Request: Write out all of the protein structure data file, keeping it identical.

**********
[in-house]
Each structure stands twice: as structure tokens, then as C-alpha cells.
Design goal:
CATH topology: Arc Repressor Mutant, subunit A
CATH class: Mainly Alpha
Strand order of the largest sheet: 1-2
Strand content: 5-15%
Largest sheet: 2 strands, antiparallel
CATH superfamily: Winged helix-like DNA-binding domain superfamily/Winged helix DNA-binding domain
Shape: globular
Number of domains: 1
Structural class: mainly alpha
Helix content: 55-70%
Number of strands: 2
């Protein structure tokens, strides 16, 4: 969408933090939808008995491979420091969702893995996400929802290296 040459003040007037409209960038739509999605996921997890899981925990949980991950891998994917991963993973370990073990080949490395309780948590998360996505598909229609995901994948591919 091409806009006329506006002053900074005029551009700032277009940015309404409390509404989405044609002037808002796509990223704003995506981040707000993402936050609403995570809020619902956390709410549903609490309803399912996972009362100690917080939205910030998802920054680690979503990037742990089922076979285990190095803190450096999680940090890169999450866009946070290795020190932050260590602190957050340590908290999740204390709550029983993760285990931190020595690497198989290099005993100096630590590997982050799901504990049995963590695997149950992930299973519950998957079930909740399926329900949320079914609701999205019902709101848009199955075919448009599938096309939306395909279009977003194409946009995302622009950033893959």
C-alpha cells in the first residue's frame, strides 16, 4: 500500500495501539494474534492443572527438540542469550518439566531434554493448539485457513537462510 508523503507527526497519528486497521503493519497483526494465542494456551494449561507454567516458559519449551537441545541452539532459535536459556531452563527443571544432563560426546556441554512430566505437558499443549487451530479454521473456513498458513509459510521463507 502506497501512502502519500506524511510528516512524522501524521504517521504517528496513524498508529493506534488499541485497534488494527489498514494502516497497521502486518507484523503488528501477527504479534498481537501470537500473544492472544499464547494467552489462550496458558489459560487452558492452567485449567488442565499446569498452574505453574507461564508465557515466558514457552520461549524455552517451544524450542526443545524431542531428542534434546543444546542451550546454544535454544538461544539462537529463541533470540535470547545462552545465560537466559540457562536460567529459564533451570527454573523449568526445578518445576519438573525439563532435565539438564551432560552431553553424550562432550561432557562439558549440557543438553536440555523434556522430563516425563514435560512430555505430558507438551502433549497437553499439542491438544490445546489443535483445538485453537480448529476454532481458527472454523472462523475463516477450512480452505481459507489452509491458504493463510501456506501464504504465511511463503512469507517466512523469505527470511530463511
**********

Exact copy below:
[in-house]
Each structure stands twice: as structure tokens, then as C-alpha cells.
Design goal:
CATH topology: Arc Repressor Mutant, subunit A
CATH class: Mainly Alpha
Strand order of the largest sheet: 1-2
Strand content: 5-15%
Largest sheet: 2 strands, antiparallel
CATH superfamily: Winged helix-like DNA-binding domain superfamily/Winged helix DNA-binding domain
Shape: globular
Number of domains: 1
Structural class: mainly alpha
Helix content: 55-70%
Number of strands: 2
């Protein structure tokens, strides 16, 4: 969408933090939808008995491979420091969702893995996400929802290296 040459003040007037409209960038739509999605996921997890899981925990949980991950891998994917991963993973370990073990080949490395309780948590998360996505598909229609995901994948591919 091409806009006329506006002053900074005029551009700032277009940015309404409390509404989405044609002037808002796509990223704003995506981040707000993402936050609403995570809020619902956390709410549903609490309803399912996972009362100690917080939205910030998802920054680690979503990037742990089922076979285990190095803190450096999680940090890169999450866009946070290795020190932050260590602190957050340590908290999740204390709550029983993760285990931190020595690497198989290099005993100096630590590997982050799901504990049995963590695997149950992930299973519950998957079930909740399926329900949320079914609701999205019902709101848009199955075919448009599938096309939306395909279009977003194409946009995302622009950033893959």
C-alpha cells in the first residue's frame, strides 16, 4: 500500500495501539494474534492443572527438540542469550518439566531434554493448539485457513537462510 508523503507527526497519528486497521503493519497483526494465542494456551494449561507454567516458559519449551537441545541452539532459535536459556531452563527443571544432563560426546556441554512430566505437558499443549487451530479454521473456513498458513509459510521463507 502506497501512502502519500506524511510528516512524522501524521504517521504517528496513524498508529493506534488499541485497534488494527489498514494502516497497521502486518507484523503488528501477527504479534498481537501470537500473544492472544499464547494467552489462550496458558489459560487452558492452567485449567488442565499446569498452574505453574507461564508465557515466558514457552520461549524455552517451544524450542526443545524431542531428542534434546543444546542451550546454544535454544538461544539462537529463541533470540535470547545462552545465560537466559540457562536460567529459564533451570527454573523449568526445578518445576519438573525439563532435565539438564551432560552431553553424550562432550561432557562439558549440557543438553536440555523434556522430563516425563514435560512430555505430558507438551502433549497437553499439542491438544490445546489443535483445538485453537480448529476454532481458527472454523472462523475463516477450512480452505481459507489452509491458504493463510501456506501464504504465511511463503512469507517466512523469505527470511530463511